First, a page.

- New US trading venues for OTC swaps have not yet resulted in a transfer of liquidity flows into exchange-traded futures markets.
- In the EU, clearing for OTC swaps has been mandated since 2016, but the requirement for them to trade on regulated venues will not kick in until 2018.
- New report exploring the reasons for the lack of manifestation of an OTC swaps trading ‘futurisation’ effect in the EU and the US concludes that it is a delayed rather than a dead concept.
LONDON – 05 June 2017 – A new report from GreySpark Partners, a leading global capital markets consulting firm, finds that while the so-called ‘futurisation’ – or transferral of bilateral swaps liquidity flows into an exchange-traded futures market environment – of the OTC IRS and CDS markets in the EU and the US is not yet occurring, there are signs that the effect may simply be delayed by pending regulatory deadlines in the EU.
The report, Trends in Derivatives Trading 2017, explores the long-running expectation in the OTC swaps marketplace that sellside brokers of OTC swaps liquidity would eventually stop using bespoke, manufactured, cleared or uncleared SEF- or OTC-traded swaps to hedge their positions and, instead, turn more toward the use of the exchange-traded swaps futures as a means of replicating swaps trading flows. This expectation, generally known in the swaps marketplace in 2017 as the onset of the ‘futurisation effect,’ describes the transfer of OTC liquidity flows into listed futures marketplaces. Specifically, G4 OTC IRS and CDS indices – both of which are now SEF-traded in the US – are newly subject to a clearing mandate in the EU and will need to be OTF-traded by April 2018 for certain types of market participants. Despite these regulatory deadlines in the EU, there remains little evidence of futurisation taking hold in either the EU or US marketplaces for the contracts.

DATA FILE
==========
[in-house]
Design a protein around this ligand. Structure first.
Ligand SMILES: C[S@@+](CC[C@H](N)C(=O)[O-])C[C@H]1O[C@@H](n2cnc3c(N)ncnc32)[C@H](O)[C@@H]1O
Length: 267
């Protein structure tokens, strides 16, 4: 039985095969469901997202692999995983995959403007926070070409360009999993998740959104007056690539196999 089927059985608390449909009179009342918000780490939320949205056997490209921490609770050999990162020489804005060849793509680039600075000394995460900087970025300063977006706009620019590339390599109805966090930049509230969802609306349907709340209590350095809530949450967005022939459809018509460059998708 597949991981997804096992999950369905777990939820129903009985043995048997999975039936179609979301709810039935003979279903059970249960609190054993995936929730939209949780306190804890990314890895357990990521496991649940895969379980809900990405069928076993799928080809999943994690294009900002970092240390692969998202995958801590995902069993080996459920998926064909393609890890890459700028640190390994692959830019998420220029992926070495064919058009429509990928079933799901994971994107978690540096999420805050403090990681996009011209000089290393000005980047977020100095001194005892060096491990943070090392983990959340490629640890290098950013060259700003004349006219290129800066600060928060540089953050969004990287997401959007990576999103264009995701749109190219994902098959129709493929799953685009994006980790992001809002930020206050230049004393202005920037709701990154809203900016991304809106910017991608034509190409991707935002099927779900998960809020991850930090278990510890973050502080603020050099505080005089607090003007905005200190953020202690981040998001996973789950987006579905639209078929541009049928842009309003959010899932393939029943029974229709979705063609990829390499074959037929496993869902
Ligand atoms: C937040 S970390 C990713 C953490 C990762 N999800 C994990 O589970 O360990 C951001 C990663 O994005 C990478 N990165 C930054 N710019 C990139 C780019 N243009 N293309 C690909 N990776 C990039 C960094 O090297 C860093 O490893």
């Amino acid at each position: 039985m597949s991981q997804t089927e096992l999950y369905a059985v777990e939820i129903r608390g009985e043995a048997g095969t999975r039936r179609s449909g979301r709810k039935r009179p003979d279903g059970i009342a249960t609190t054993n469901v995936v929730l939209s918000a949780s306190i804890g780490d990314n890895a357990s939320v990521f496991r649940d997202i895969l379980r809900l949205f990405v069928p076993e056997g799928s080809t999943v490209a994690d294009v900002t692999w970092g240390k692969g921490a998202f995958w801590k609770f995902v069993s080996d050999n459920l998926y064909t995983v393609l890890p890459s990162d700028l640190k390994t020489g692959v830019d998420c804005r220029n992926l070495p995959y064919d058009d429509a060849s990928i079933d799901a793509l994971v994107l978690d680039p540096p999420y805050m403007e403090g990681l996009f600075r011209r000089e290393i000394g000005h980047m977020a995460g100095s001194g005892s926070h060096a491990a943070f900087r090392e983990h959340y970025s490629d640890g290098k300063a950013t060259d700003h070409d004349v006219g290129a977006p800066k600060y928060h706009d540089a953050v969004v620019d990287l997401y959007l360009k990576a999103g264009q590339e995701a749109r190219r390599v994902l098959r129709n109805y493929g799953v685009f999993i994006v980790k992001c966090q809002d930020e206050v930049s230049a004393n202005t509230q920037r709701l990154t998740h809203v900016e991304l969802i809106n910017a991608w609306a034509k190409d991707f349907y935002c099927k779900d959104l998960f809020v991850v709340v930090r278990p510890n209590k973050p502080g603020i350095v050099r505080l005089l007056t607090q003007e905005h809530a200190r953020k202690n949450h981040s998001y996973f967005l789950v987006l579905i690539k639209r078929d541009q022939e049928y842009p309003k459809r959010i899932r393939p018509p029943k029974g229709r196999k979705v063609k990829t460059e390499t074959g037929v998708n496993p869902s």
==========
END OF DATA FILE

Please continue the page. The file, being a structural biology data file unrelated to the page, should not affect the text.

Nonetheless, GreySpark Partners believes that the futurisation effect will eventually manifest in both the EU and US OTC IRS and CDS indices swaps markets. As a result, many investment banks will find that their FCM divisions will become responsible for driving the creation of an increasing proportion of fixed income trading revenues from fees charged for clearing brokerage services. Such a shift would surely carry with it a number of cultural and political ramifications that key stakeholders within many banks may struggle to adapt to.
Rachel Lindstrom, GreySpark Senior Consultant, said: “In the world of fixed income, there is still all to play for. While fixed income desks are still being buffeted by major regulatory change and are under pressure from rising costs in a hostile economic environment, the name of the game for many banks in 2017 is business and trading model survival.”
For further information on GreySpark’s research, please e-mail: email@example.com